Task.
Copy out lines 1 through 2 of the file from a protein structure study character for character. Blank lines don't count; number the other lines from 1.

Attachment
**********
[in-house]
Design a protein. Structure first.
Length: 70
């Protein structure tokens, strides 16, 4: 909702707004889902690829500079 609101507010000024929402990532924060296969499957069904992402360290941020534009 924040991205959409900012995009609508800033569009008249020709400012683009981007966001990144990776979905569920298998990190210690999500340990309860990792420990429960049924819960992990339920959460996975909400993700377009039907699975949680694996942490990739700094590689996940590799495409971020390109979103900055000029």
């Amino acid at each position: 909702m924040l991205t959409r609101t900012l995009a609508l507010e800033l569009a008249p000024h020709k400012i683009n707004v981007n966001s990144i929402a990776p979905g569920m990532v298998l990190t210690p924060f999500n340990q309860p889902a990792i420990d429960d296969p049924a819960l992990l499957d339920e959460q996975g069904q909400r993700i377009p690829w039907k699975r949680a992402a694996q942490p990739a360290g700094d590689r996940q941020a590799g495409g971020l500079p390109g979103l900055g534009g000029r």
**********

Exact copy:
[in-house]
Design a protein. Structure first.